MEDIA RELEASE: World Water Day Prompts Submission to Parliamentary Committee Outlining Risks the NWMO Project Poses to Water


March 22, 2024

World Water Day Prompts Submission to Parliamentary Committee on Risks of NWMO's Nuclear Waste Project to Water

Thunder Bay – A Northern Ontario alliance concerned about a risky project to transport and bury nuclear fuel waste has chosen World Water Day to submit their brief to a parliamentary committee studying freshwater.

We the Nuclear Free North submitted the ten-page brief to the Standing Committee on Environment and Sustainable Development today, outlining the set of risks the Nuclear Waste Management Organization (NWMO) project poses to the lakes, rivers and groundwater of Northern Ontario. The Committee is carrying out a comprehensive study of the role of the federal government in protecting and managing Canada's freshwater resources in Canada.

The opposition group points to the risks during transportation, processing and burial of the highly radioactive nuclear fuel waste, including from operations at the site of the proposed deep geological repository.

“The NWMO plan is still largely theoretical, but according to their own limited descriptions of the operating period, it is evident that freshwater in the area of the site will be impacted”, explained Wendy O’Connor, one of the report authors.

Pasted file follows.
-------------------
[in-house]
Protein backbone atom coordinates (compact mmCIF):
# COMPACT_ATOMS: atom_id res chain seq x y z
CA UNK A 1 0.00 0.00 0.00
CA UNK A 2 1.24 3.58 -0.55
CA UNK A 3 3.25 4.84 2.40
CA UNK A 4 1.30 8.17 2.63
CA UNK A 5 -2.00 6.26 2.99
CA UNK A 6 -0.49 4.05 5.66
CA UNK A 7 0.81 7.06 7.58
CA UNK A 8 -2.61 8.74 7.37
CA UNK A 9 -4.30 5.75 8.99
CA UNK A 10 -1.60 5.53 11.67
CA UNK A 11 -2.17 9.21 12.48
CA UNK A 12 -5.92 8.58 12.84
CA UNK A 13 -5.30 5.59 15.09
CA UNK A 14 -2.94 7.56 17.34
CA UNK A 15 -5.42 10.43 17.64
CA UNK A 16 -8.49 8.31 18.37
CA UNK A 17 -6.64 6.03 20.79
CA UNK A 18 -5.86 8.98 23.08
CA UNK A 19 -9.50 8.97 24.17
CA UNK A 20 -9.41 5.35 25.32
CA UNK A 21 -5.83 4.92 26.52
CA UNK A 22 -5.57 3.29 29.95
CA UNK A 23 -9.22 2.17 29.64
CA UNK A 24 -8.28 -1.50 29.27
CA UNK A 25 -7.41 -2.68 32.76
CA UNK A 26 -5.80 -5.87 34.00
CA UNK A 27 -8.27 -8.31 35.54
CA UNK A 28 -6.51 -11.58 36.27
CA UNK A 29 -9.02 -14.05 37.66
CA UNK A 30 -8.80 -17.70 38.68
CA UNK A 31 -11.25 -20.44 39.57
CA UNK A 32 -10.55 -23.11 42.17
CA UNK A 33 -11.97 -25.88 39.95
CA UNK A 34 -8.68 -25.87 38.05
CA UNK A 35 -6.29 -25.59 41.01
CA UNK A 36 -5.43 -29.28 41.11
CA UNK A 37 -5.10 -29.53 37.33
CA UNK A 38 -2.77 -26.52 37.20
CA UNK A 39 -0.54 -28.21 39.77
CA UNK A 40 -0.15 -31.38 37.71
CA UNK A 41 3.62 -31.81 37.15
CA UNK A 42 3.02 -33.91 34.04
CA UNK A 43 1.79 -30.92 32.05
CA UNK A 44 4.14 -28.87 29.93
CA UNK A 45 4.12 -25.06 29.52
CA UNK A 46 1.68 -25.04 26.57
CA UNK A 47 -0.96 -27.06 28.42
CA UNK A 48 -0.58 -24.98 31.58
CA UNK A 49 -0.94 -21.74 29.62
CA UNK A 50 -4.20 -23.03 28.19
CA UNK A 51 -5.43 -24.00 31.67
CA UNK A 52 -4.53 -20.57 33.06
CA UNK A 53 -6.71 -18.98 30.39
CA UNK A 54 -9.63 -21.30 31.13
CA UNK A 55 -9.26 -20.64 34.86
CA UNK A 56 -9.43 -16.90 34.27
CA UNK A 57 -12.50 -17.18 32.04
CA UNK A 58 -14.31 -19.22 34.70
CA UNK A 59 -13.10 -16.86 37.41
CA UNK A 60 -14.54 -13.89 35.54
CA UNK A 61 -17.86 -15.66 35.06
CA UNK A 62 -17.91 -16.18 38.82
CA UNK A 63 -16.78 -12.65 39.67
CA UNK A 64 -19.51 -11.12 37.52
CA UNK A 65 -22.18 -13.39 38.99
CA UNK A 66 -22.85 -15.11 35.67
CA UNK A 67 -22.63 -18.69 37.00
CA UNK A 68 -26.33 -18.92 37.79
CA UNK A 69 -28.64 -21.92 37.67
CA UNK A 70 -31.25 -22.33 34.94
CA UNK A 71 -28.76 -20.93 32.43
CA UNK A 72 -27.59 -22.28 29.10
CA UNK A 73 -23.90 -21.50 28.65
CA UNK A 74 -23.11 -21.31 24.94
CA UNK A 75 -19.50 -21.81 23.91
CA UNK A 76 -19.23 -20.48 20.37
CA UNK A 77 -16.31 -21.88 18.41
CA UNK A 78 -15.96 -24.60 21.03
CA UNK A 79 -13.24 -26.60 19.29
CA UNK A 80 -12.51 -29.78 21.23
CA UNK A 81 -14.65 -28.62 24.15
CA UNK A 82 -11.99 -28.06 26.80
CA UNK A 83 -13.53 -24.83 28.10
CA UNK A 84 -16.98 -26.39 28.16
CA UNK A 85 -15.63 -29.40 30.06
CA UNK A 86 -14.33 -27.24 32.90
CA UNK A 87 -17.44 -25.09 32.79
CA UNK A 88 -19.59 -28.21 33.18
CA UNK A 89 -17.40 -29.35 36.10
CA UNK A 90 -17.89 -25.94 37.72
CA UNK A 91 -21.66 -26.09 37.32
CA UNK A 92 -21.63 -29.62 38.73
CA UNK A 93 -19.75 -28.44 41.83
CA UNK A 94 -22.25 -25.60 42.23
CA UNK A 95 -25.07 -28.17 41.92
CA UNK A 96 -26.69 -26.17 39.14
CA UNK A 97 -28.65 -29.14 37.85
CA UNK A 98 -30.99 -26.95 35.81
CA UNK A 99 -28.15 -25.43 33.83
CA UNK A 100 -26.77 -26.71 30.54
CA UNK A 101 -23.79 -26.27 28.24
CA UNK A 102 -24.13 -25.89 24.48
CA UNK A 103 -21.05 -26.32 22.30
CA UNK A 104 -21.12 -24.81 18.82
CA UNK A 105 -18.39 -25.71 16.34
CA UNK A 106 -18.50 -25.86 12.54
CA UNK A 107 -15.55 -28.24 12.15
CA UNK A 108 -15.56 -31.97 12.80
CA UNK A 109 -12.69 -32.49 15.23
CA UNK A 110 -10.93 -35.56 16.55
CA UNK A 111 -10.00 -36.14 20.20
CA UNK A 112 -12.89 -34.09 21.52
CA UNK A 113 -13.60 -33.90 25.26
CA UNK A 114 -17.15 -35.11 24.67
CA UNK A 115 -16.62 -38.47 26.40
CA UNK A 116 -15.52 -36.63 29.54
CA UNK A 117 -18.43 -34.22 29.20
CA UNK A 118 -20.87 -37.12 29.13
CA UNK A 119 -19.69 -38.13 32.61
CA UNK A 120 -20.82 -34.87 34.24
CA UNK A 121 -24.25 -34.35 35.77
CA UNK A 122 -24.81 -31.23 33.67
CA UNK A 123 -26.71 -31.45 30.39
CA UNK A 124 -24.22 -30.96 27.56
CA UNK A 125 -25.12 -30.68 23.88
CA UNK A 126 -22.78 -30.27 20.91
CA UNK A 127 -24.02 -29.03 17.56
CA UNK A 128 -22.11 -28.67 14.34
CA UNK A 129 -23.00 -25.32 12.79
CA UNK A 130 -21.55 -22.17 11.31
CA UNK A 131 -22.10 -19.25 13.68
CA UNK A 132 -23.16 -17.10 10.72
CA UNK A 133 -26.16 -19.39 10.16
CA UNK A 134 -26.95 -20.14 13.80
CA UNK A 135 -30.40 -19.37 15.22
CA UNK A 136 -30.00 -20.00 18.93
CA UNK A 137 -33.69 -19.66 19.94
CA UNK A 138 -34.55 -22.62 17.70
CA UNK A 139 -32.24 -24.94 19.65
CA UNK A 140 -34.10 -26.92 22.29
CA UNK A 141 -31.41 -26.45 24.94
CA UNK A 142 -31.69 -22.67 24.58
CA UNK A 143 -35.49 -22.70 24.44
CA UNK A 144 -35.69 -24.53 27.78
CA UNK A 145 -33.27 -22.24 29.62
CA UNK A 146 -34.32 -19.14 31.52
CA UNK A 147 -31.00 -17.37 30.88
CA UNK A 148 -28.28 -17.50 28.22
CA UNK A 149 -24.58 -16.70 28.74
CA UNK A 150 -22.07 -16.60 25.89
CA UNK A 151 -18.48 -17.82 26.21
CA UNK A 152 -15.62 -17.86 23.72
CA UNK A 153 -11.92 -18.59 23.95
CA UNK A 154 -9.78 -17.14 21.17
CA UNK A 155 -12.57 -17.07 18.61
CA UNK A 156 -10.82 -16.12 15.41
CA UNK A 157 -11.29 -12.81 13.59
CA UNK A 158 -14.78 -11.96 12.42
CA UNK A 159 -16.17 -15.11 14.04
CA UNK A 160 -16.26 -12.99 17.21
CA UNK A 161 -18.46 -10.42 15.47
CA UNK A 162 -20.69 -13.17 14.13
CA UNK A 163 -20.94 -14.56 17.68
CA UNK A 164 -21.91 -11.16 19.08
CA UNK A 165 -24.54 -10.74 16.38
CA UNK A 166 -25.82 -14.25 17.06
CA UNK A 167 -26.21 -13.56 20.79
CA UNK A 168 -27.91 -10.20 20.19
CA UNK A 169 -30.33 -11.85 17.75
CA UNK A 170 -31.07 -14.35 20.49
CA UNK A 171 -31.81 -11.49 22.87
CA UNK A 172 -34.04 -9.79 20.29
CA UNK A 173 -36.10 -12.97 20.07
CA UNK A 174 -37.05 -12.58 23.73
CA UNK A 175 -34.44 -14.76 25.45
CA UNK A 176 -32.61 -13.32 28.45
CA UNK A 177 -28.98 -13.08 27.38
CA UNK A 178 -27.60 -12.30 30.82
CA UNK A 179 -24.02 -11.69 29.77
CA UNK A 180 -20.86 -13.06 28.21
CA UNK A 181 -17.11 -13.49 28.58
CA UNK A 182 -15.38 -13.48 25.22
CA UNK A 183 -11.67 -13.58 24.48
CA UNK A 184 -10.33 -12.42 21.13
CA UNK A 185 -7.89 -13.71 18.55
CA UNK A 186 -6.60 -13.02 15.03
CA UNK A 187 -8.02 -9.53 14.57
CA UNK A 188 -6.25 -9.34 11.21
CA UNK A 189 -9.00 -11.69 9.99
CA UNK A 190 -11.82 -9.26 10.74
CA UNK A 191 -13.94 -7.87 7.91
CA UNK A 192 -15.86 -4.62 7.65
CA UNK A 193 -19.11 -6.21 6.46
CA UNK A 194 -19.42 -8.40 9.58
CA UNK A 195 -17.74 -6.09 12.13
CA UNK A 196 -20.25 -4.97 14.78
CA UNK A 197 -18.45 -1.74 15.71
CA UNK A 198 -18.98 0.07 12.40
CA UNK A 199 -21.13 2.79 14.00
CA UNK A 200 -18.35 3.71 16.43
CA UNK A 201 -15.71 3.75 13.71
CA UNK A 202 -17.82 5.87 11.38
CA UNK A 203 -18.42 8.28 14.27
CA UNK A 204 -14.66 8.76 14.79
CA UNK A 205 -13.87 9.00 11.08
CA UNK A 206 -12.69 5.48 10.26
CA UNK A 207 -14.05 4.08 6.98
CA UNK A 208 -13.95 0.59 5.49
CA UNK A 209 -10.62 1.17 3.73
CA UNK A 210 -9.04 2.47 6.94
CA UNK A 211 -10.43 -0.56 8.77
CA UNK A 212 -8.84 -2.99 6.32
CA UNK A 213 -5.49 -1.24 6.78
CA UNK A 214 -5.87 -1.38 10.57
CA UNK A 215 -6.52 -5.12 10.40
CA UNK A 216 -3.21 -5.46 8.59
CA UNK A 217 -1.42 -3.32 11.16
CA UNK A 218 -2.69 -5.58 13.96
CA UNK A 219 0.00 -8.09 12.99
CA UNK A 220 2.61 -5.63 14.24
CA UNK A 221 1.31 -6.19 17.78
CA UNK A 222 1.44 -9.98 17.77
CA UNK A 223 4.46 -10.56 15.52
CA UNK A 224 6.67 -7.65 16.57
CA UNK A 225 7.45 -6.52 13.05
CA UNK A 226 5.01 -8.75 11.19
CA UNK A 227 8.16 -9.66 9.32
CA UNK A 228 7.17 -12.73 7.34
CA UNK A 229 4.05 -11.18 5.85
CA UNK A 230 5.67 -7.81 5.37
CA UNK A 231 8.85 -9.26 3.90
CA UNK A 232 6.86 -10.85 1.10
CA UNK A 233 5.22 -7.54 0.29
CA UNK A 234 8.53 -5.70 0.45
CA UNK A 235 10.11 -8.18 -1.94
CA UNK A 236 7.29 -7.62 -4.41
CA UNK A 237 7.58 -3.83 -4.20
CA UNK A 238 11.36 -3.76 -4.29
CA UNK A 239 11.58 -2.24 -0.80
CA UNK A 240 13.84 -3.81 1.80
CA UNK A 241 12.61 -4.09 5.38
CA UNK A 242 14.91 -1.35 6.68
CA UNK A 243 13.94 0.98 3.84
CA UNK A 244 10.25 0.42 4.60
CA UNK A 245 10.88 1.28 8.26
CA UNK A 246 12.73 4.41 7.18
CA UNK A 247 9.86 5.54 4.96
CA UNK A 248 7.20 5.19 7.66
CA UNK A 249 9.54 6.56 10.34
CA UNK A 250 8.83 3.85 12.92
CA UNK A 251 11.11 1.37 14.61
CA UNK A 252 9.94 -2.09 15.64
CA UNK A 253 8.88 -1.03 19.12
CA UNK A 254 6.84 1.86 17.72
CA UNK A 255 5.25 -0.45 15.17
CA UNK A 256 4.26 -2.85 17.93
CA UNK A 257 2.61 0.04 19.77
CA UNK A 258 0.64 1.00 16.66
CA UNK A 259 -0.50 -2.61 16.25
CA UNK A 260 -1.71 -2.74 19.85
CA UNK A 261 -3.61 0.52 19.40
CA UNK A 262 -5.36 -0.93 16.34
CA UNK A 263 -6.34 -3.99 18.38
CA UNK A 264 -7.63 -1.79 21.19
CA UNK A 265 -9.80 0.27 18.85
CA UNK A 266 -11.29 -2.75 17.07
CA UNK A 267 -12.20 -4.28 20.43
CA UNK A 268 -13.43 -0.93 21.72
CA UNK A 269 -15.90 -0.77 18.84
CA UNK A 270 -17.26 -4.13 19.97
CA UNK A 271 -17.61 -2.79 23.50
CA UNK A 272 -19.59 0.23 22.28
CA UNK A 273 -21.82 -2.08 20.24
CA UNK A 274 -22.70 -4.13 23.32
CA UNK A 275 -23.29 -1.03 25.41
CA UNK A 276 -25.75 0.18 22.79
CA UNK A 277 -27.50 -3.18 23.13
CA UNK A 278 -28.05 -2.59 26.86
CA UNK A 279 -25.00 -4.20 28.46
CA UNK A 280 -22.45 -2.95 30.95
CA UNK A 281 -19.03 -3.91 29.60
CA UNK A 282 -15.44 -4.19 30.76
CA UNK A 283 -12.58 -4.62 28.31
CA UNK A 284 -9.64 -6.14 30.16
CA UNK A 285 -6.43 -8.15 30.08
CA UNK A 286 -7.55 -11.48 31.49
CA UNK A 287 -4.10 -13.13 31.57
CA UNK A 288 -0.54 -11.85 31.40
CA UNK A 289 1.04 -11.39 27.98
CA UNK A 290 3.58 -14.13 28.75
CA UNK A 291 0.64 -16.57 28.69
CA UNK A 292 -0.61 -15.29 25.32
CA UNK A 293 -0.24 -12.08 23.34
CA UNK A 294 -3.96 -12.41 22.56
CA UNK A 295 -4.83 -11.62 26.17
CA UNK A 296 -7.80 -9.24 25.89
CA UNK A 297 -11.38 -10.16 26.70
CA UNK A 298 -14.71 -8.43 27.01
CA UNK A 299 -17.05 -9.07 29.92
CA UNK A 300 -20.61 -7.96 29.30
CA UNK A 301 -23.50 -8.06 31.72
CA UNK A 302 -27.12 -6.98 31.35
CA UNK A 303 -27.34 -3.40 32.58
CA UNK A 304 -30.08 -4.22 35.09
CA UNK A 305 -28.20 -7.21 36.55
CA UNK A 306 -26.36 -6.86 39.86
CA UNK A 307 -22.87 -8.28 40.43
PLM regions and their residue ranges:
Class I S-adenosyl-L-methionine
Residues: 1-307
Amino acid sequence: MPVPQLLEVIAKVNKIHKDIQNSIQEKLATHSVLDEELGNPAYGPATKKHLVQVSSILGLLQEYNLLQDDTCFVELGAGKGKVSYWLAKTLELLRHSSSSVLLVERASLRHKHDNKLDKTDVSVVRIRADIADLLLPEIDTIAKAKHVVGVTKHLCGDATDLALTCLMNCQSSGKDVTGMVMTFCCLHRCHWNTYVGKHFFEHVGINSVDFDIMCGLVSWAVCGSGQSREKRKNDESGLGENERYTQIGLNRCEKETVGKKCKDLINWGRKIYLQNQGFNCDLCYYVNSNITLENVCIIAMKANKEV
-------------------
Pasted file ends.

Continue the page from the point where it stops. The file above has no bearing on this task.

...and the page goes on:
“Water used for washing down the nuclear waste transportation packages will become contaminated with radionuclides. According to the NWMO’s published details, that water will be sent to a settling pond and then released to natural water bodies in the vicinity of the site, as will the contaminated water that will be pumped from the underground repository”, said O’Connor.

“Despite assurances from the nuclear industry, it remains entirely possible that the nuclear waste itself, deposited underground, will contaminate the deep groundwater in the near or long term – contamination that will eventually reach surface water in the vast watershed”.

The NWMO’s candidate site in Northwestern Ontario is located half-way between Ignace and Dryden. Because it is at the height of land for the Wabigoon and the Turtle River systems, there are concerns about releases to the downstream communities, including Rainy River and Lake of the Woods. The group notes that if and when the radioactive releases occur from the deep geological repository there will be no means to reverse the impacts.

World Water Day, held on 22 March every year since 1993, is an annual United Nations Observance focusing on the importance of freshwater.

“It’s ironic that the UN theme for World Water Day in 2024 is “Water for Peace”, given the level of division and conflict that the NWMO’s proposal has brought to our region”, commented Kathleen Skead, a member of Anishinaabe of Wauzhushk Onigum Nation, one of several downstream Treaty 3 communities.

“Hopefully people will pause today and recognize that water is life and the NWMO’s promise of money is not worth the risk. Water is vital for all forms of life.”

The brief is posted HERE.

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Wendy O'Connor, 807 626 9546

Kathleen Skead, 807 407 8339

We the Nuclear Free North (toll free) 855 225 8055

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